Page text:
In the Gospels whenever the crowds asked for their own self-appointed sign, Jesus told them that none would be given them. Even though they claimed that they would believe in Him if He simply performed the sign they wanted, Jesus refused to give it to them.
Within Lutheranism today and Christianity in general, there are many people and pastors and churches who have Jesus in their midst and yet they continue to look for other signs of the Lord’s presence outside of and, quite frankly, in spite of the sure and certain signs the Lord of the Church has given and promised. In many places today Jesus is preached through His pastoral mouthpieces and yet the people still ask for a sign. And it is painfully clear that many of those pastors have simply and profoundly caved in to the people’s demands, and like Esau have tossed aside their Lutheran birthright for a mess of liberal pottage.
A few years ago I saw where a church in Florida advertised on their church sign, “Exciting Experiences! Friendly Fellowship! Contemporary Worship.” And I don’t need to tell you that you don’t have to go to Florida to see these types of signs on churches not far from home. But as we look at those types of things we must also say that the presence of something exciting does not necessarily prove that the Lord’s presence is there. If you want exciting, go watch a hockey game, or “professional” wrestling, or a NASCAR race, or March Madness.
Just because there are friendly people who get together to talk and eat food and play sports, it is not a sign that the kingdom of God has come. If you want all that, then go to a sports bar. The supposed “need” to hear words and songs that are as contemporary as our present culture, most of which embrace those things that are fashionable and in style, does not insure the workings of the Holy Spirit. There is no reason that the church should bow the knee to the Baal of giving in to the whims and desires of the world in order to “make people feel good” or “give them what they want.”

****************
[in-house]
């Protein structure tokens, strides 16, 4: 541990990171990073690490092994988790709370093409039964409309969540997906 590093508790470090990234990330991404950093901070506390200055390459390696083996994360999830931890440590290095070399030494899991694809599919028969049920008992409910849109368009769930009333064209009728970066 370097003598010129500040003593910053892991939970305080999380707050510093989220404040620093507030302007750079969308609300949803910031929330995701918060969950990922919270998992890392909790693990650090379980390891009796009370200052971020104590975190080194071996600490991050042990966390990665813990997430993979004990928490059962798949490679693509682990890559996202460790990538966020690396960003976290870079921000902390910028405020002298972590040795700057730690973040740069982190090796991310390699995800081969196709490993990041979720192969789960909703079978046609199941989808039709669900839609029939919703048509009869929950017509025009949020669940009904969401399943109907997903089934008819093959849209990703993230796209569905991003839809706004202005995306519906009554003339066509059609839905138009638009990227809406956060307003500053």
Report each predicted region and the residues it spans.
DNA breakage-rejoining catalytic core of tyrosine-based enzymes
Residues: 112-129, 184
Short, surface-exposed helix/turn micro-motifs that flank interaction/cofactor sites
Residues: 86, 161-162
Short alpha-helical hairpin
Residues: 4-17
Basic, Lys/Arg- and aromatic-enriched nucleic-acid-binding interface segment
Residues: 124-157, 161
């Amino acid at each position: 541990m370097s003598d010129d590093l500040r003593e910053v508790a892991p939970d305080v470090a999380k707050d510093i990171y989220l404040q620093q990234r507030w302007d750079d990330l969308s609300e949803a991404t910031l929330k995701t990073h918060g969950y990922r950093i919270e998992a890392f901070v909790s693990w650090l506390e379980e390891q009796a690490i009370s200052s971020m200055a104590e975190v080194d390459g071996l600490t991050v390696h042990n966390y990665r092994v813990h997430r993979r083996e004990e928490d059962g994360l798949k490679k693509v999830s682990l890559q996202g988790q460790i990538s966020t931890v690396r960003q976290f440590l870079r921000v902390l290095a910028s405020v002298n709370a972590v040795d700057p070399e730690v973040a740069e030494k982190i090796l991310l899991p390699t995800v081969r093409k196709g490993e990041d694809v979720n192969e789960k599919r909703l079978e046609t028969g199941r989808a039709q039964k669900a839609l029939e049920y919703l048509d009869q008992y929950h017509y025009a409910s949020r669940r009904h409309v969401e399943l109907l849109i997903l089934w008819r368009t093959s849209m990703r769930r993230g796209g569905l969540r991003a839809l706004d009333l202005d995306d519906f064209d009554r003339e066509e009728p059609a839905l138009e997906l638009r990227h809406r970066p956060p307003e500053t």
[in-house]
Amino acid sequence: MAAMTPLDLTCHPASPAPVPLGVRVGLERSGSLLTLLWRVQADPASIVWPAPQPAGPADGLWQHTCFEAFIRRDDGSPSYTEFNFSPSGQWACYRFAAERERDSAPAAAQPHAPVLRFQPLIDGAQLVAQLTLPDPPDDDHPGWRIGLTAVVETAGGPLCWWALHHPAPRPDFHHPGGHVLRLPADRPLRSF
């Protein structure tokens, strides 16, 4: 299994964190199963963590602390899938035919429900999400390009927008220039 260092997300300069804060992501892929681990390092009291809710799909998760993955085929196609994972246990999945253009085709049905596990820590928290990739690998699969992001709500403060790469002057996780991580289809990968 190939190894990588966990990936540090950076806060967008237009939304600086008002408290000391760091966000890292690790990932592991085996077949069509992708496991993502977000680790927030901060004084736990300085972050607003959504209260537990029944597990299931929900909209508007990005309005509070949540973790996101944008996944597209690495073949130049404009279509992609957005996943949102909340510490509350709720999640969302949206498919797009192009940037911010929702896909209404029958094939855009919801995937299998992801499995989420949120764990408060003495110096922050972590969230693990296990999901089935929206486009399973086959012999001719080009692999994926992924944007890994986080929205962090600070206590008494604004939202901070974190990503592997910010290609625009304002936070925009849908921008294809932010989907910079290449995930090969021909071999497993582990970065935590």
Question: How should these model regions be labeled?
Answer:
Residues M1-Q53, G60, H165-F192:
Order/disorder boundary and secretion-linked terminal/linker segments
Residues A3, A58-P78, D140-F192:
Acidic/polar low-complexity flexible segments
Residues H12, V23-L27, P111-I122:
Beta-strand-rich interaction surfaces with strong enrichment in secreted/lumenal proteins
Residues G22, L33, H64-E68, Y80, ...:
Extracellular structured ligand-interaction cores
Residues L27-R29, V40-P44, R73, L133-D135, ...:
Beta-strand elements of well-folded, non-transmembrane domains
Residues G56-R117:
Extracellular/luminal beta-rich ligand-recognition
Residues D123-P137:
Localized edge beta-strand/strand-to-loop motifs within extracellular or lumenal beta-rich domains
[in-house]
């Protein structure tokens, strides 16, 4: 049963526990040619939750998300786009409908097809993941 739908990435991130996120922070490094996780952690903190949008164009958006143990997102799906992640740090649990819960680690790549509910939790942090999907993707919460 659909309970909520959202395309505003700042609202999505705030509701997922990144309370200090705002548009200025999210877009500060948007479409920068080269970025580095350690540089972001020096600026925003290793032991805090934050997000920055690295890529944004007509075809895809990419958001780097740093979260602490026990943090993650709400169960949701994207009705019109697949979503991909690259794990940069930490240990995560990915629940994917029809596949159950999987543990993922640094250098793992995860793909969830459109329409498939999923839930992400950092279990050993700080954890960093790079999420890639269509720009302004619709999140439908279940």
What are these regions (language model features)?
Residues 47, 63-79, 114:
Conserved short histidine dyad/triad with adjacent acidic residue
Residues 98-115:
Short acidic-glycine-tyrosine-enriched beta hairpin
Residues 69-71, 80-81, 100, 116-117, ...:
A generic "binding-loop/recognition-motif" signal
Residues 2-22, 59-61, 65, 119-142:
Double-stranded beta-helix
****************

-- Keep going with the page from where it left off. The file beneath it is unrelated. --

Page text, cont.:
Several years ago I received a brochure in the mail from the Disney World Resort to come to a four-day Lutheran pastors conference called “The Imaginative Church.” This conference promised to teach us how to unlock our imagination so that our churches would grow. We would “learn strategies and tactics used at Walt Disney World Resort for ensuring customer loyalty, customer satisfaction, employee satisfaction, and business practices.” Another part of the brochure said, “The privilege of the church is to invite people to pledge their loyalty to Jesus. This session will look at how Jesus inspired loyalty and how the church can tap into His approach.” I scoured this piece of high-gloss propaganda from top to bottom, but there was not one word in this brochure about faith, repentance, true preaching, law, Gospel, or the working of God through His holy Sacraments.
There are no words strong enough to condemn this perverted view of both the church and her ministry. Our Lord Jesus Christ never invited people to “pledge their loyalty to Jesus.” The church and her members are never to be regarded as “customers” whom the church has to “satisfy;” the church of Jesus Christ is not a business! If pastors and churches want to go that way, then they will end up with the very thing they desire: a Mickey Mouse church with Goofy worship.